This week the Deseret News published an op-ed I wrote urging Orrin Hatch to retire so Mitt Romney might take his place.
I wrote the piece because I want more politicians to fight Donald Trump from inside the GOP and because I admire Romney’s anti-Trump speech last year at the University of Utah, which was perhaps the strongest single speech of the entire election cycle.
As is usual, many of the comments in response to my op-ed were thoughtless and flippant, dashed off in a moment of hot ego.
But there was one comment that struck me. It notes a discrepancy between my writing about religion, which has focused on uniting around the ideals of truth, beauty, and goodness, and my writing about politics, which has lately been antagonistic toward Trump and his enablers.
Even though the comment is critical of me and even though I’ll never feel old enough to be called “Mr. Ogden,” I largely agree with it.
When discussing religion, Mr. Ogden is careful to emphasize empathy and understanding those with different viewpoints. He writes, “How can I find common ground with my opponent so that we can grow together?… open yourself up to the possibility that your position is wrong…[being] committed to the possibility of conversion to the ‘enemy’ camp.”
On politics, this is all thrown out the window. He paints in broad brush strokes, creating caricatures of both Romney and Hatch. He understates Romney’s support for Trump (remember that whole Secretary of State thing?), and overstates Hatch’s support. He uses charged rhetoric: “pandering”, “embarrassingly”, “hijack”, etc.
Considered as a whole, the two sides are hard to square, and make for less-than-convincing writing. The appearance is that of yet-another left-of-center blogger demanding careful treatment on favorite topics, but willing to launch rhetorically charged fusillades against political opponents.
It’s an intelligent critique—well researched and well argued, without resorting to personal jabs. More than that, the comment accurately pinpoints an inner tension I’ve felt ever since Donald Trump won the GOP primary last year.
That is, how do I reconcile my desire to build bridges and my raw disdain for Donald Trump?
I’m still wrestling for an answer.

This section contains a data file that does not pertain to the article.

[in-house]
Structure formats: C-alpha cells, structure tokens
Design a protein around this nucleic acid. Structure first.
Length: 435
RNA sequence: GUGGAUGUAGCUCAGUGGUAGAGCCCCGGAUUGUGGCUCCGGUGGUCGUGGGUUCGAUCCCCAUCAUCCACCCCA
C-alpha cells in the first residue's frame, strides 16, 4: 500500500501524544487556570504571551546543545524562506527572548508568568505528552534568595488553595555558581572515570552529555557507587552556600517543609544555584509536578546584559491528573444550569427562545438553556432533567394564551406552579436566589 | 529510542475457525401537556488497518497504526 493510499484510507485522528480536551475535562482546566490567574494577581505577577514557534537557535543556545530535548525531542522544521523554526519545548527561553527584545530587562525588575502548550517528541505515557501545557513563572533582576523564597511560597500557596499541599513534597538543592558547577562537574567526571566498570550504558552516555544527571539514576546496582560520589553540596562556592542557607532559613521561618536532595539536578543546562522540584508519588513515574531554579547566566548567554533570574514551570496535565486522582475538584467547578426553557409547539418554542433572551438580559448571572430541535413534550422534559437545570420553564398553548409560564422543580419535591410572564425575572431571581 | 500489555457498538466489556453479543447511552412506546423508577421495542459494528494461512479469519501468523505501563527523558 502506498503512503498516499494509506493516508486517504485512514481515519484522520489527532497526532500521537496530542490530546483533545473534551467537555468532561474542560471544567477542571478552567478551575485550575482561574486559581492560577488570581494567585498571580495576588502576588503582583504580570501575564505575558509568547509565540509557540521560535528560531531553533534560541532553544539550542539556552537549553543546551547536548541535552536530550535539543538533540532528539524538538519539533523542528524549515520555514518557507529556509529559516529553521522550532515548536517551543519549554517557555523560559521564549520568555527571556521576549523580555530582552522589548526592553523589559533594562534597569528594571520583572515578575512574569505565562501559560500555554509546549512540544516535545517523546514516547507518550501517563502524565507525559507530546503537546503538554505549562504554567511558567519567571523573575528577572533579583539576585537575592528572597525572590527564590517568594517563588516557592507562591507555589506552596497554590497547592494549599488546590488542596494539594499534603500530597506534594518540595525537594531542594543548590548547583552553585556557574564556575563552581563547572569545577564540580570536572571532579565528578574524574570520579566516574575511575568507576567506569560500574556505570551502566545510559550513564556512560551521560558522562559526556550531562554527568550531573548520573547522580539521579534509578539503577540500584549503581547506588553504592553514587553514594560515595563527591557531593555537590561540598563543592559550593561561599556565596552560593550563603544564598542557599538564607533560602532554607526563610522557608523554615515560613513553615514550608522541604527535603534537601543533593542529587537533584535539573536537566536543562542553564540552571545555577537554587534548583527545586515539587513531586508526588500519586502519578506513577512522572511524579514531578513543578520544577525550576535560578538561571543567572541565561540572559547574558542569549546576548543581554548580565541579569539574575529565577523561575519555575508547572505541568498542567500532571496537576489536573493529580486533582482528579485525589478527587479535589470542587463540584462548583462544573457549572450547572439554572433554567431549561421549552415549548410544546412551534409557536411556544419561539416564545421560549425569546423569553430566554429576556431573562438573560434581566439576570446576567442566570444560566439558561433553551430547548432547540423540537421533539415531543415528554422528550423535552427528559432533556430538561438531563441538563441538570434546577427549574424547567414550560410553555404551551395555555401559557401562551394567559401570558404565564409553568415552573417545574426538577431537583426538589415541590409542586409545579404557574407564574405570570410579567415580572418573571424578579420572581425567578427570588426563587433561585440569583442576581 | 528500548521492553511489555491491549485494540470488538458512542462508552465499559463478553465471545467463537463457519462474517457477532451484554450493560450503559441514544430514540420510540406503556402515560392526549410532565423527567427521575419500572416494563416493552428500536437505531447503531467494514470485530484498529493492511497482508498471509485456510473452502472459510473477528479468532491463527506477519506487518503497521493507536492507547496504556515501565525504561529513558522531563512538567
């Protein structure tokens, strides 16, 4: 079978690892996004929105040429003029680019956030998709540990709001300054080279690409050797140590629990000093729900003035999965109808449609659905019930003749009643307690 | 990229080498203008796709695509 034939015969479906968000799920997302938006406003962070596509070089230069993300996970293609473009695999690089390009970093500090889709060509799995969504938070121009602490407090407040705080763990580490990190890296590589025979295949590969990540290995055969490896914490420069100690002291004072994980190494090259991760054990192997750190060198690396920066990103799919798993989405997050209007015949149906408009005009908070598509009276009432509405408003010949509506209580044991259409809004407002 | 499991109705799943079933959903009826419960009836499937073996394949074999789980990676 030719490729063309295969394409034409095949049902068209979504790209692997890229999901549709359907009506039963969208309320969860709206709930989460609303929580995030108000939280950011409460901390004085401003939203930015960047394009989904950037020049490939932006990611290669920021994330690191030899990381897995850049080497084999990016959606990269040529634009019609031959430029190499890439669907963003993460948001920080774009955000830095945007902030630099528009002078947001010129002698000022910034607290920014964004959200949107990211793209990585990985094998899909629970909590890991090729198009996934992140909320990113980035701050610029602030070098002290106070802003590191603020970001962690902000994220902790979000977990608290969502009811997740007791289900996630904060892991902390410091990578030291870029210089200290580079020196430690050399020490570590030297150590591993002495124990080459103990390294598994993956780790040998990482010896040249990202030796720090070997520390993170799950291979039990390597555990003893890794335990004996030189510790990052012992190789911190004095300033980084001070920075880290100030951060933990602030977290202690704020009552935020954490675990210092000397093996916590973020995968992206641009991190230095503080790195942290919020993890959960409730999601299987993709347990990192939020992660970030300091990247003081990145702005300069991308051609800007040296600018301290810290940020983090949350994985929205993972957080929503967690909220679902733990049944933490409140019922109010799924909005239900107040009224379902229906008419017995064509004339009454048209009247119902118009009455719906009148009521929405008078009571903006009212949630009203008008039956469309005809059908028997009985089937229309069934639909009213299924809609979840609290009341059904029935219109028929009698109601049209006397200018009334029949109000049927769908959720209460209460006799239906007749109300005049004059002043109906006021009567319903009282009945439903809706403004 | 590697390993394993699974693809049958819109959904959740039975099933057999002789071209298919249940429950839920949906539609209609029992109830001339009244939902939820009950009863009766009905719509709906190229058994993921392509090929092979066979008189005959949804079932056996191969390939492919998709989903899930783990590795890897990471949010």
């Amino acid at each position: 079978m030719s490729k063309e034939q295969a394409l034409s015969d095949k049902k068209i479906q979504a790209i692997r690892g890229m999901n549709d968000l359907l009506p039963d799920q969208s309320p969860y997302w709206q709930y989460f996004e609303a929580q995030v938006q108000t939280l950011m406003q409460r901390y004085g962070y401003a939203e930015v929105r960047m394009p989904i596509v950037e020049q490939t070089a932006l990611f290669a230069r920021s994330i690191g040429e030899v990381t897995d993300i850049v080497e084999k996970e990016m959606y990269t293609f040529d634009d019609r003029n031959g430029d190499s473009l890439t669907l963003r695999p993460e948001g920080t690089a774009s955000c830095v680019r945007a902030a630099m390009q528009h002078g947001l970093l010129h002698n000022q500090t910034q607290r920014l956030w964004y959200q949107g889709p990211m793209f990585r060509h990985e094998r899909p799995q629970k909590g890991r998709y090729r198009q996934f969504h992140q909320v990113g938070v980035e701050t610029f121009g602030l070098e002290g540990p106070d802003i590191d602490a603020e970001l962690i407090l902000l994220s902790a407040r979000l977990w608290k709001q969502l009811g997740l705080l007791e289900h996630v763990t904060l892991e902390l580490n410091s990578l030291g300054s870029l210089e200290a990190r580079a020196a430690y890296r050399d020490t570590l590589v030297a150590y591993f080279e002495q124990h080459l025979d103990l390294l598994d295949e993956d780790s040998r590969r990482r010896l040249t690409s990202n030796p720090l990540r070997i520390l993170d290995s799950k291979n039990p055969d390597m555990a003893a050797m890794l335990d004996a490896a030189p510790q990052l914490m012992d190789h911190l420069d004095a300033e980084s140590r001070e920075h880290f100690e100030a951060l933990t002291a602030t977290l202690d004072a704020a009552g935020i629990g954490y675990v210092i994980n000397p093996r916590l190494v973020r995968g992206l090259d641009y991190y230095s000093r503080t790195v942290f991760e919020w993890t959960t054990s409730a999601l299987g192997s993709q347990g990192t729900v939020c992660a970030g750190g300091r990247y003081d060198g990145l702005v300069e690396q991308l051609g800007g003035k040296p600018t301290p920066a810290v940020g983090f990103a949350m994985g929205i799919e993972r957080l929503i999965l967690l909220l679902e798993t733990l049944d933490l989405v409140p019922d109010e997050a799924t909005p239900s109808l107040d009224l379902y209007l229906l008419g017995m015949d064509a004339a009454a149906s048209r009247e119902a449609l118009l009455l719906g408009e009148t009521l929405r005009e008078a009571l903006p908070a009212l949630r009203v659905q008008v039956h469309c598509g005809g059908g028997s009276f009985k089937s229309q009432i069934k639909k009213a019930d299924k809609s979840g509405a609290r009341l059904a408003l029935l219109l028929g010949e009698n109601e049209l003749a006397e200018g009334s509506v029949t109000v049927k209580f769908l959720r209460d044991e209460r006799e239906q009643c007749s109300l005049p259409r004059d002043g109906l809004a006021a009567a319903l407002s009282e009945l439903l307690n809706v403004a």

To that end, I’m engaged in an ongoing dialogue where one part of me (who I might name Jon1) wants to build bridges in every instance and another part of me (who I might name Jon2) wants to defeat Trump at all costs. Depending on the day or hour or minute, I could side with either of these voices.
It’s admittedly contrived as outlined here, but my inner dialogue looks something like this:
J1: That comment is right, you know. You’ve been a hypocrite when it comes to politics, displaying none of the empathy you espouse in your writing about religion.
J2: I don’t see it that way.
J1: Why not?
J2: Because I believe Trump is singularly bad. He withdrew the health insurance of his own nephew (an infant with cerebral palsy) as an act of petty revenge, he’s now been accused of sexual misconduct by 19 women including his first wife who said under oath that he raped her, he settled for $25 million dollars for defrauding Trump University students, he stole money from hundreds of employees and contractors, and on and on. Plus, his tweets suck.
J1: So you’re saying it’s okay to drop empathy for Trump because he doesn’t embody your ideals?
J2: I suppose that’s one way to put it.
J1: But isn’t that the same line of reasoning everyone uses to fight those they disagree with? They label their opponents as vile and then use that label as an excuse to not truly empathize with them.
J2: That may be true…
J1: It is true. You’re not empathizing with Trump. You aren’t viewing him or his enablers as human beings with complicated motives and desires.
J2: If that’s true it’s because I don’t want to normalize Trump’s vulgarity, his crassness, and his cruelty. I don’t want to build bridges with someone as corrosive as he is.
J1: So… don’t build bridges with people you disagree with?
J2: No, it’s not that. Build bridges with those who earnestly pursue truth, beauty, and goodness—no matter if they’re Republican or Democrat, religious or non-religious. But don’t build bridges with those who are as corrosive as Trump, particularly when they’re in a position to hurt millions of people.